• Regular cleaning and caring of leather clothing prevents staining and signs of wear and extends the life span.
  • Always clean dirty leather before using leather care products.
  • Let the leather dry naturally. Do not use a hairdryer and do not dry in direct sunlight, otherwise the leather can shrink. Soften the leather by wringing at the end of the drying process or when dry.
  • Garment leather can also be washed with suitable leather detergents].
  • Always work with the recommended products from seam to seam.
  • Don’t rub too hard on stains which cannot be removed. You risk damaging the surface. Contact a specialist first.
  • Don’t use aggressive solvents (acetone, nail polish remover, turpentine etc.) or abrasive liquids |to remove stains and dirt. You will cause damage.
  • Don’t use the wrong care products like shoe polishes and cosmetic creams.
  • Leather changes when exposed to sunlight and heat. Leather can fade and become dry. Try to avoid direct daily sunlight and the proximity of heating. Always use care products with UV protection.
  • Leather develops signs of use after a while. It can fade over the years. If changes occur (e. g. scratches, stains, fading), react quickly. The earlier leather is treated, the easier it is to keep the leather in good condition over a long period.
  • Leather has an optimum humidity of 40 to 60% and needs ventilation. When humidity is above 70% and/or without enough air circulation, leather can become mouldy.
  • Allow leather clothing to hang freely with sufficient distance and ventilation. Do not crumple leather aggressively, it can get wrinkles, which cannot easily be removed.


Jacke-Rindsleder-003.jpg Handschuhe-Schweinsleder-01.jpg Hirschlederhose-002.jpg


Basic rules when dealing with leather shoes

  • First check whether the leather is absorbent. On absorbent leathers (aniline leather, suede, nubuck) if you rub in a drop drop of water, it will sink into the surface and darken the leather. On non-absorbing leathers water runs off. Absorbent leathers are much more sensitive.
  • First test all products and treatments in a hidden area. Especially when working on absorbent leather. Absorbent leather can easily be damaged if treated incorrectly.
  • Porous leather should regularly be protected with waterproofing products. But be careful! Despite such waterproofing, porous leather always remains sensitive and should not be worn in bad weather conditions.
  • Regular cleaning and caring of shoe leather prevents staining and signs of wear and extends the life span.
  • Always clean dirty leather before using leather care products.
  • Always work with the recommended products from seam to seam.
  • Don’t rub too hard on stains which cannot be removed. You risk damaging the surface. Contact a specialist first.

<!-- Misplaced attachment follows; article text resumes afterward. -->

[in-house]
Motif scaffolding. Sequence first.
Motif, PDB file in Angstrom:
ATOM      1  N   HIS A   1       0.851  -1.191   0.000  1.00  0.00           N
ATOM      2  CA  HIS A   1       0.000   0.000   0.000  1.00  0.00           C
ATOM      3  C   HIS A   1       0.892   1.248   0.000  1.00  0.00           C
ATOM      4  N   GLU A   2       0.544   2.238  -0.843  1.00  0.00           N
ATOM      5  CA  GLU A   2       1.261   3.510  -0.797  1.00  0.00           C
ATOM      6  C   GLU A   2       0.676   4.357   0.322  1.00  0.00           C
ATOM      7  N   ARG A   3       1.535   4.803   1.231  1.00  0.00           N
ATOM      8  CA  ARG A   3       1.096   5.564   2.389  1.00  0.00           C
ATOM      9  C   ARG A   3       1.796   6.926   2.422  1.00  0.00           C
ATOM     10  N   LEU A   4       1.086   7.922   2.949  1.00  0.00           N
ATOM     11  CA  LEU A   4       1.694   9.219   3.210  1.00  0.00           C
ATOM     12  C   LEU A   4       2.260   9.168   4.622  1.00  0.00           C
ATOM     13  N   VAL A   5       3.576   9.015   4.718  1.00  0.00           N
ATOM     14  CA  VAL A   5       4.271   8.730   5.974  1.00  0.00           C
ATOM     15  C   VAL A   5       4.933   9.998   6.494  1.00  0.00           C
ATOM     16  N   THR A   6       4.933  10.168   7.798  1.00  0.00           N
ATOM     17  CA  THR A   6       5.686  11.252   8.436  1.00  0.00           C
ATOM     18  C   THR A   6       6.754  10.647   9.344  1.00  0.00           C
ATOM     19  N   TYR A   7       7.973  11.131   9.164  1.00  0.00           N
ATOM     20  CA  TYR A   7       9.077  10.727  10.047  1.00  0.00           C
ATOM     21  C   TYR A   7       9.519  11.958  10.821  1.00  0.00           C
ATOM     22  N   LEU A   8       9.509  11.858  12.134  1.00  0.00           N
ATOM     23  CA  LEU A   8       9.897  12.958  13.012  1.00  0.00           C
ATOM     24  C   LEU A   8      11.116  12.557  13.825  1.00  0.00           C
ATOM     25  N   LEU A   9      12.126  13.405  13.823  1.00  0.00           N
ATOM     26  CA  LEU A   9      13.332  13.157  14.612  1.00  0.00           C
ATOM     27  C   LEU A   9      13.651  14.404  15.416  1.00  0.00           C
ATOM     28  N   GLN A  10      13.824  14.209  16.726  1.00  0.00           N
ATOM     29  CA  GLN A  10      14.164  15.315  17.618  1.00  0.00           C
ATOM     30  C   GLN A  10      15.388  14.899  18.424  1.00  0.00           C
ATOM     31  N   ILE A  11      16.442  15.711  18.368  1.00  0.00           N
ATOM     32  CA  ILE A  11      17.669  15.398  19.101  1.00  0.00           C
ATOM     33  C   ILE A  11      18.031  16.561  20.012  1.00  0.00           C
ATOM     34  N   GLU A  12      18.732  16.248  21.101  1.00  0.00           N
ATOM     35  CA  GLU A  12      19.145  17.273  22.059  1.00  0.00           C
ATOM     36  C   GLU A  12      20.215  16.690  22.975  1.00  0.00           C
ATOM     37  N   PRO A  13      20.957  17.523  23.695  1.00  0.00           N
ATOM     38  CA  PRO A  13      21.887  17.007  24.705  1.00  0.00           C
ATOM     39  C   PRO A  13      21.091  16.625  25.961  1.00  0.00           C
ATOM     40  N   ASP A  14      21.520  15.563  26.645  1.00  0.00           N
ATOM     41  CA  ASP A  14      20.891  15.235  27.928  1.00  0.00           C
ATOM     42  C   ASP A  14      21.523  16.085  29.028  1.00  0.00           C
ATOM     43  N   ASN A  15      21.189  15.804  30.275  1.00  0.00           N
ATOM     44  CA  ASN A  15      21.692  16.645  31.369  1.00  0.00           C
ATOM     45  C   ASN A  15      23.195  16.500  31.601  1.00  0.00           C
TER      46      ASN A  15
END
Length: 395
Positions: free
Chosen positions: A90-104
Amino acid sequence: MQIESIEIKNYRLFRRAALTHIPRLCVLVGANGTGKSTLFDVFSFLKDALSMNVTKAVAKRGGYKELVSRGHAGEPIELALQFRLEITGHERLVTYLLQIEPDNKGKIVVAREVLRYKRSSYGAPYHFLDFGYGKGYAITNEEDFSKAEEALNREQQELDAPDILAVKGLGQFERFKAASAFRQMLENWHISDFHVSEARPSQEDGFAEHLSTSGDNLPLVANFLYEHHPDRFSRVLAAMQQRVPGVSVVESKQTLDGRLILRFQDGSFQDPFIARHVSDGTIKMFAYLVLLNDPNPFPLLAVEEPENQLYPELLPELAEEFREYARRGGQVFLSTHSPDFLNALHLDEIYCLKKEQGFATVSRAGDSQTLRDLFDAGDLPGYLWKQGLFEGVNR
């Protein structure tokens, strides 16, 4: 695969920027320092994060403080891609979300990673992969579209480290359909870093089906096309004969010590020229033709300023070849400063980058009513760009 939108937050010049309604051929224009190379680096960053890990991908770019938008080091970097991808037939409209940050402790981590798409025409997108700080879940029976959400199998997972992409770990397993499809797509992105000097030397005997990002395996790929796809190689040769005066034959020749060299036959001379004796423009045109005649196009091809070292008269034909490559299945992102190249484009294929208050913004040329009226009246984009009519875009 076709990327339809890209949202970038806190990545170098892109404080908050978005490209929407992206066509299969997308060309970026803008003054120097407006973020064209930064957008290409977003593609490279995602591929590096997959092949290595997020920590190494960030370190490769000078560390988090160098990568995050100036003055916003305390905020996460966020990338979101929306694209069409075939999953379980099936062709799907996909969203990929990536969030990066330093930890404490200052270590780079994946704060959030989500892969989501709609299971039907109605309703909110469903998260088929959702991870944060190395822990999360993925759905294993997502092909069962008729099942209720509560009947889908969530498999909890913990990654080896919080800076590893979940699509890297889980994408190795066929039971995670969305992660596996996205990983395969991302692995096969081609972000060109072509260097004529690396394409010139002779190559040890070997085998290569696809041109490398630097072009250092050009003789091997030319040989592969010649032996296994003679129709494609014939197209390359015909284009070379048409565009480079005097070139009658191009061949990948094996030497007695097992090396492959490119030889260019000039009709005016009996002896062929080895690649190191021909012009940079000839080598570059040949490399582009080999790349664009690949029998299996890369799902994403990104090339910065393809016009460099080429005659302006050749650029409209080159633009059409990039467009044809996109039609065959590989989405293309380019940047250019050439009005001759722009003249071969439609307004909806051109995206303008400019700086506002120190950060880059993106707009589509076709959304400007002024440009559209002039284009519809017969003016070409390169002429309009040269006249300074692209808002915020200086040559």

• Don’t use aggressive solvents (acetone, nail polish remover, turpentine etc.) or abrasive liquids |to remove stains and dirt. You will cause damage.
  • Don’t use the wrong care products like cosmetic creams.
  • Leather develops signs of wear after a while. Leather can fade over the years. If changes occur (e. g. scratches, stains, fading), react quickly. The earlier leather is treated, the easier it is to keep it in good condition over a long period.
  • Gently dab wet shoes with paper and allow to dry at room temperature. Do not use a hairdryer and do not dry in direct sunlight. Otherwise the leather gets hard and stiff. Soften the leather by moving the leather fibres at the end of the drying process or when dry.
  • Leather has an optimum humidity of 40 to 60% and needs ventilation. When humidity is above 70% and/or without enough air circulation, leather can become mouldy
  • Porous leather inside the shoes can transfer dye to the socks. Always carry out a rub test with a light and slightly moist cloth. If the discolouration is too strong, darker socks must be worn in order to avoid future colouration.


Schuh-Straußenleder-Jacob-01.jpg Schuh-Aalleder-Jacob-01.jpg Lederschuhe-Alligator-Jacob-01.jpg


Basic rules when dealing with leather bags

  • First check whether the leather is absorbent. On absorbent leathers (aniline leather, suede, nubuck) if you rub in a drop of water, it will sink into the surface and darken the leather. On non-absorbing leathers water runs off. Absorbent leathers are much more sensitive.
  • First test all products and treatments in a hidden area. Especially when working on absorbent leather. Absorbent leather can easily be damaged if treated incorrectly.
  • Porous leather should regularly be protected with waterproofing products. But be careful! Despite such waterproofing, porous leather always remains sensitive so avoid using in bad weather conditions.
  • Regular cleaning and maintenance of leather bags prevents staining and signs of wear and extends the life span.
  • Always clean dirty leather before using leather care products.
  • Always work with the recommended products from seam to seam.
  • Don’t rub too hard on stains which cannot be removed. You risk damaging the surface. Contact a specialist first.
  • Don’t use aggressive solvents (acetone, nail polish remover, turpentine etc.) or abrasive liquids |to remove stains and dirt. You will cause damage.
  • Don’t use the wrong care products like cosmetic creams.
  • Leather develops signs of use after a while. Leather can fade over the years. If changes occur (e. g. scratches, stains, fading), react quickly. The earlier leather is helped, the easier it is to keep the leather in good condition over a long period.
  • Let the leather dry naturally. Do not use a hairdryer and do not dry in direct sunlight, otherwise the leather can shrink. Soften the leather by wringing at the end of the drying process or when dry.
  • Leather has an optimum humidity of 40 to 60% and needs ventilation. When humidity is above 70% and/or without enough air circulation, leather can become mouldy .
  • Leather bags can discolour. Therefore, bags should be stored in cloth bags.


Handtasche-Lackleder-02.jpg Walross-Tasche-01.jpg Handtasche-alt-Prägung-03.jpg


The maintenance of leather bags with COLOURLOCK Leather Repair products.



Additional information


Colourlock-GB-03.jpg

WE UNDERSTAND LEATHER - WWW.COLOURLOCK.COM